Month Jan Feb Mar Apr May Jun Jul Aug Sep Oct Nov Dec Year
Average high °C (°F) 29
(85)
30
(86)
29
(85)
29
(84)
28
(83)
28
(82)
27
(80)
27
(81)
28
(82)
29
(84)
29
(85)
30
(86)
28
(83)
Average low °C (°F) 26
(79)
26
(79)
26
(79)
26
(78)
24
(76)
24
(75)
23
(74)
23
(73)
23
(74)
24
(75)
24
(76)
26
(78)
24
(76)
Average rainfall mm (inches) 370
(14.4)
370
(14.4)
360
(14.1)
260
(10.3)
170
(6.5)
150
(5.8)
79
(3.1)
64
(2.5)
110
(4.2)
130
(5.3)
200
(8.0)
240
(9.4)
2,503
(98)
Source: Meteoblue[33]

Twin towns – sister cities[edit]

Luganville is twinned with:

Notes[edit]

  1. ^ Ayong, Steve (2021-06-10). "Renovation of historic Luganville town hall almost complete". VBTC. Retrieved 2021-07-15.
  2. ^ Ligo, Godwin (2019-10-07). "New Mayor Outlines Priorities". Daily Post. Retrieved 2021-07-15.
  3. ^ a b "Vanuatu 2020 National Population and Housing Census Preliminary Results has been released on Wednesday 30th June 2021". Vanuatu National Statistics Office. 2021-06-30. Retrieved 2021-07-15.
  4. ^ "Luganville". Famous Wonders. n.d. Retrieved 2021-07-15.
  5. ^ a b c d e Stone, Peter (1997). The Lady and the President: The Life and Loss of the S.S. President Coolidge. Retrieved 2021-07-15.
  6. ^ "Shopping: Vanuatu". Arrival Guides. n.d. Retrieved 2021-07-15.
  7. ^ "Luganville – Espirito [sic] Santo". Norwegian Cruise Lines. n.d. Retrieved 2021-07-15.
  8. ^ a b Johnson, Tambrie (2021-03-31). "The South Pacific's Premier World War II Museum". HistoryNet. Retrieved 2021-07-15.
  9. ^ "Espiritu Santo & WWII". Santo Travel. n.d. Retrieved 2021-07-15.
  10. ^ a b Kosmidis, Pierre (n.d.). "The South Pacific's WW2 forgotten base". World War 2 Wrecks. Retrieved 2021-07-15.
  11. ^ a b c "Santo Bases". South Pacific WW2 Museum. n.d. Retrieved 2021-07-15.
  12. ^ a b Stanley, David (1989). South Pacific Handbook. Retrieved 2021-07-15.
  13. ^ "Vanuatu - a brief history". RNZ. n.d. Retrieved 2021-07-15.
  14. ^ MacClancy, J.V. (1984). "Vanuatu since Independence: 1980-83". The Journal of Pacific History. 19 (2): 100–112. Retrieved 2021-07-15.
  15. ^ Westoby, Peter; Brown, M. Anne (2007). "Peaceful Community Development in Vanuatu: A Reflection on the Vanuatu Kastom Governance Partnership". Journal of Peacebuilding and Development. 3 (3): 77–81. doi:10.1080/15423166.2007.390449351269. Retrieved 2021-07-15.
  16. ^ a b Munk Klint, Louise; Jiang, Min; Law, Alexandra; Delacy, Terry; Filep, Sebastian; Calgaro, Emma; Dominey-Howes, Dale; Harrison, David (2012). "Dive Tourism in Luganville, Vanuatu: Shocks, Stressors, and Vulnerability to Climate Change" (PDF). Tourism in Marine Environments. 8 (1/2): 91–109. doi:10.3727/154427312X13262430524225. Archived from the original (PDF) on 2018-07-19. Retrieved 2021-07-16.
  17. ^ "Luganville". City Population. n.d. Retrieved 2021-07-15.
  18. ^ "Vanuatu (12/03)". US Department of State. n.d. Retrieved 2021-07-15.
  19. ^ Hill, David; Chung, Margaret (2020). "Urban informal settlements in Vanuatu: Challenge for equitable development" (PDF). Report prepared for Pacific Islands Forum Secretariat and UN Economic and Social Commission for Asia and the Pacific, Pacific Operation Centre. Retrieved 16 March 2021.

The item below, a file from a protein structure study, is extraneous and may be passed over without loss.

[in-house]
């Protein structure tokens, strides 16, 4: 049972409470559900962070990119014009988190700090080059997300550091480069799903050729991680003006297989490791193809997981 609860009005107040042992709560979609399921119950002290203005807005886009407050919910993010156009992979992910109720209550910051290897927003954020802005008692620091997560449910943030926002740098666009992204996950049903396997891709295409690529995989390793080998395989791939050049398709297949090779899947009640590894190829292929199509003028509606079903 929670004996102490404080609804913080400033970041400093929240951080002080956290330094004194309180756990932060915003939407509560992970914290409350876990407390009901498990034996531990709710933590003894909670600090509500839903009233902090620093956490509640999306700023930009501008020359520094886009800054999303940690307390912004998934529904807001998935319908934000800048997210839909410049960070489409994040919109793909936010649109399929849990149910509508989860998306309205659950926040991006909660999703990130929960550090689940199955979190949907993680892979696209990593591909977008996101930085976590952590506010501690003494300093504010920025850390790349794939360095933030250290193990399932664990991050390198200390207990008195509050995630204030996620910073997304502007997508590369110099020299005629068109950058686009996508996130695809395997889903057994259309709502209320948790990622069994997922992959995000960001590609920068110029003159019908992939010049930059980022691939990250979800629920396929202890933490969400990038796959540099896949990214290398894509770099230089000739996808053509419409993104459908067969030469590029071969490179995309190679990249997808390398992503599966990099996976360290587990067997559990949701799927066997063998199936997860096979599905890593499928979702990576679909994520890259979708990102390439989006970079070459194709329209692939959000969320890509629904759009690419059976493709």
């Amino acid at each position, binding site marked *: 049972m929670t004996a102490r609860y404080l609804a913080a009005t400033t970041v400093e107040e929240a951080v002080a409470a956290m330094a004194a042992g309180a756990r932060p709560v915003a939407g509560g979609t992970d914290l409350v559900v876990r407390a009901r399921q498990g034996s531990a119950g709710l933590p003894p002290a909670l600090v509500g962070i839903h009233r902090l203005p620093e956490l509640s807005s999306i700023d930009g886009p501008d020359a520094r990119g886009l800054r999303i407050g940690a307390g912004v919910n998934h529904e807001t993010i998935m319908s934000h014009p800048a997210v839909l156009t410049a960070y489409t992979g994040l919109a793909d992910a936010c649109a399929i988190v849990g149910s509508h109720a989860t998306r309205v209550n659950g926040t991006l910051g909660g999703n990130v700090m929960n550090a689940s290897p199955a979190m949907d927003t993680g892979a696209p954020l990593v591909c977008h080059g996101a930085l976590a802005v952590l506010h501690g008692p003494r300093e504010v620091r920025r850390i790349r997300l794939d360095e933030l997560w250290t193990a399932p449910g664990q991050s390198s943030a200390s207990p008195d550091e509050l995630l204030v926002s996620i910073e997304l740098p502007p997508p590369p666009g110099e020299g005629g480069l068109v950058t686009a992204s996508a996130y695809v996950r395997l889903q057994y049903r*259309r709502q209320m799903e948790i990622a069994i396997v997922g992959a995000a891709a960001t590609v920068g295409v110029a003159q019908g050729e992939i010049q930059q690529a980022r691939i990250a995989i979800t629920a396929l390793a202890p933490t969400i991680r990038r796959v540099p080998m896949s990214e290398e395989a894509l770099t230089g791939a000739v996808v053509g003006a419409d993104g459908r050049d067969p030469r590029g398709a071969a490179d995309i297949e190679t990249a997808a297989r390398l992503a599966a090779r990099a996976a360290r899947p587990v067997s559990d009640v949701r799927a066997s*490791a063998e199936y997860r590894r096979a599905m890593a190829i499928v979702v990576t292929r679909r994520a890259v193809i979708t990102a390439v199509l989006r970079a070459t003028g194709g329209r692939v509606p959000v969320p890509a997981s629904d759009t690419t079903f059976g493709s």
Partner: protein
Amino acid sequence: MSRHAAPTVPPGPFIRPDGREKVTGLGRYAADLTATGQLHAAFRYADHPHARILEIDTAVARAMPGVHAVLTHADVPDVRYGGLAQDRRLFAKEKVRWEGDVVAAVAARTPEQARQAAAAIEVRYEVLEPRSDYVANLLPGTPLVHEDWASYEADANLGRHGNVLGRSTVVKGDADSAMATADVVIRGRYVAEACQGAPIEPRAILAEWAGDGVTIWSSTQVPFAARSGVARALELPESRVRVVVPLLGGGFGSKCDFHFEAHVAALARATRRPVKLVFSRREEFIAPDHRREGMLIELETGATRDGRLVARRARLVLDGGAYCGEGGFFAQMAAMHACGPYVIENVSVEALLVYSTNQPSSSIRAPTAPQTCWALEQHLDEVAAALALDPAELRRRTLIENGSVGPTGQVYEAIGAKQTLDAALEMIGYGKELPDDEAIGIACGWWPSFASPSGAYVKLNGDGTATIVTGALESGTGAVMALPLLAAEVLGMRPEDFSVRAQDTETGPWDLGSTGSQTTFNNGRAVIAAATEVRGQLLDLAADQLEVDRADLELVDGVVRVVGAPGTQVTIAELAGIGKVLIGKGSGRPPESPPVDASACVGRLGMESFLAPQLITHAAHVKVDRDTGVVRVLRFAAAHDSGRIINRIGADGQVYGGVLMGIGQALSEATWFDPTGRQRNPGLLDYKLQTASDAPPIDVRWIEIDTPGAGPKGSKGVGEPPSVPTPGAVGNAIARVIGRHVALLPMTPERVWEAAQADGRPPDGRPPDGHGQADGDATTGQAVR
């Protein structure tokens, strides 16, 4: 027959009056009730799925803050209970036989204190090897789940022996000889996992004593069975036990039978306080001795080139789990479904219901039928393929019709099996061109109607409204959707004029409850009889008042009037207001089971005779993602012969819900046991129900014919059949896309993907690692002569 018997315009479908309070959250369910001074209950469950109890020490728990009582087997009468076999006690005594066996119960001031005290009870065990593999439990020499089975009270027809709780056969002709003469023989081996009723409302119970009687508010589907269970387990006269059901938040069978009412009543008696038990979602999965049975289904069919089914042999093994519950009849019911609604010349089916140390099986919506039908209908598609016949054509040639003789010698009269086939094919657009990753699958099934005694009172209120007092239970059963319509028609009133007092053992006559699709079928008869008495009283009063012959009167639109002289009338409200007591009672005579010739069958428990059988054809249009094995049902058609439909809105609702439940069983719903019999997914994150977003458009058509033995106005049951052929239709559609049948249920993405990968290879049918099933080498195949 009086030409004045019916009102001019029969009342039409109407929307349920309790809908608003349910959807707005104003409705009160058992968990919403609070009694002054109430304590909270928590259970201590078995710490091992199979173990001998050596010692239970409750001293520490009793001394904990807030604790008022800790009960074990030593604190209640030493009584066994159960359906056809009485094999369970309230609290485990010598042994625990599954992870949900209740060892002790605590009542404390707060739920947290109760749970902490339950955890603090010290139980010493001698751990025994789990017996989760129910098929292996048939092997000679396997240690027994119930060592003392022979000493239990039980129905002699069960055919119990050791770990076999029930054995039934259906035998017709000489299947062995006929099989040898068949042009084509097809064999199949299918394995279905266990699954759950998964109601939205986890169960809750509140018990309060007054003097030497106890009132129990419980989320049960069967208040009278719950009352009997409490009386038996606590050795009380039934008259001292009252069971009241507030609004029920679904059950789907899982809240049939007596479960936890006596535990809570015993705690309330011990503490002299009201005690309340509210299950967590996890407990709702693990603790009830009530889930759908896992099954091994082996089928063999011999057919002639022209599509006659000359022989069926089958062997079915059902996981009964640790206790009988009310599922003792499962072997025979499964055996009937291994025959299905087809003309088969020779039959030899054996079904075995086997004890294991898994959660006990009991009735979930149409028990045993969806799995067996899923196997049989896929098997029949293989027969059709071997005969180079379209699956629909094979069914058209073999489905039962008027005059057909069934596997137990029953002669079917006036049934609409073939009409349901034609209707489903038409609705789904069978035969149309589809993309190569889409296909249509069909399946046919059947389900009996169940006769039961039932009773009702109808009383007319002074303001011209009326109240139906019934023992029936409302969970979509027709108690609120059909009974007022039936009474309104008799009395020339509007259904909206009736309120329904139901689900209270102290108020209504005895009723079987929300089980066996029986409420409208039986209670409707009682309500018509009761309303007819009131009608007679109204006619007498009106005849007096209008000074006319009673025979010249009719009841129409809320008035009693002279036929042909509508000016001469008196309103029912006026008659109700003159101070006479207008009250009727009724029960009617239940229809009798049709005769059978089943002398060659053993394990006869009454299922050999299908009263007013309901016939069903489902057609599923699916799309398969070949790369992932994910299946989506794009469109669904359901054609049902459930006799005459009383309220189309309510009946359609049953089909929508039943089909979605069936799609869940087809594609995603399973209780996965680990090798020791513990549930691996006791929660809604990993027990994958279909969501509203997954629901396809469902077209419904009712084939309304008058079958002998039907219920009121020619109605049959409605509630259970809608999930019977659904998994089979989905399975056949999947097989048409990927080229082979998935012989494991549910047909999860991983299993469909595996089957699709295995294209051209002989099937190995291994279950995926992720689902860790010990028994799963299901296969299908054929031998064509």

20. ^ Illsley, C.L. (2019-11-14). "What Are The Biggest Industries In Vanuatu?". World Atlas. Retrieved 2021-07-16.
  21. ^ a b c d "Luganville" (PDF). Luganville Youth Council. n.d. Retrieved 2021-07-16.
  22. ^ "Northern Provincial Hospital". Doctors Assisting in South-Pacific Islands. n.d. Retrieved 2021-07-16.
  23. ^ a b World Health Organization, Regional Office for the Western Pacific (2013). Human resources for health country profiles : Republic of Vanuatu (Report). Manila: WHO Regional Office for the Western Pacific. Retrieved 2021-07-16.
  24. ^ "NORTHERN PROVINCIAL HOSPITAL". Vanuatu Ministry of Health. 2017. Retrieved 2021-07-16.
  25. ^ "Bank of South Pacific takes over Westpac Operations in Vanuatu". Daily Post. 2016-07-05. Retrieved 2021-07-16.
  26. ^ "Opening of Wanfuteng Bank's New Branch in Santo a Success". Daily Post. 2021-05-01. Retrieved 2021-07-16.
  27. ^ Garae, Len (2020-03-14). "Grassroots partner with National Bank". Daily Post. Retrieved 2021-07-16.
  28. ^ Willie, Glenda (2019-08-23). "BRED Bank Expands Services". Daily Post. Retrieved 2021-07-16.
  29. ^ Garae, Len (2016-12-08). "Governor applauds ANZ". Daily Post. Retrieved 2021-07-16.
  30. ^ a b "Initial Environmental Examination" (PDF). Ministry of Infrastructure and Public Utilities for Asian Development Bank. 2021. Retrieved 2021-07-16.
  31. ^ "The 27 largest airports and airlines in Vanuatu". World Data. n.d. Retrieved 2021-07-16.
  32. ^ "LUGANVILLE, VANUATU". weatherbase. n.d. Retrieved 2021-07-16.
  33. ^ "Climate Luganville". Meteoblue. n.d. Retrieved 2021-07-16.
  34. ^ "Government of Republic of Vanuatu chooses KK as its main office in Malaysia". New Sabah Times. 5 May 2013. Archived from the original on 2013-10-19. Retrieved 15 May 2013.
  35. ^ "Sister city agreement reaping rewards". Vanuatu Daily Post. 6 May 2013. Retrieved 15 July 2013.
  36. ^ "Luganville and Honiara establish sister city relations". Vanuatu Daily Post. 21 March 2013. Archived from the original on 14 July 2013. Retrieved 15 July 2013.
  37. ^ "Port Vila strengthens sister agreement with Luganville". Vanuatu Daily Post. 26 September 2012. Retrieved 15 July 2013.
  38. ^ "EXTENDING AN INVITATION TO ESTABLISH A SISTER CITY RELATIONSHIP WITH THE CITY OF LUGANVILLE, VANUATU" (PDF). Government of Honolulu. 2003-08-13. Retrieved 2021-07-16.
  39. ^ Ligo, Godwin (2019-07-10). "Luganville signs Sister City Agreement with Chinese counterpart". Daily Post. Retrieved 2021-07-16.

External links[edit]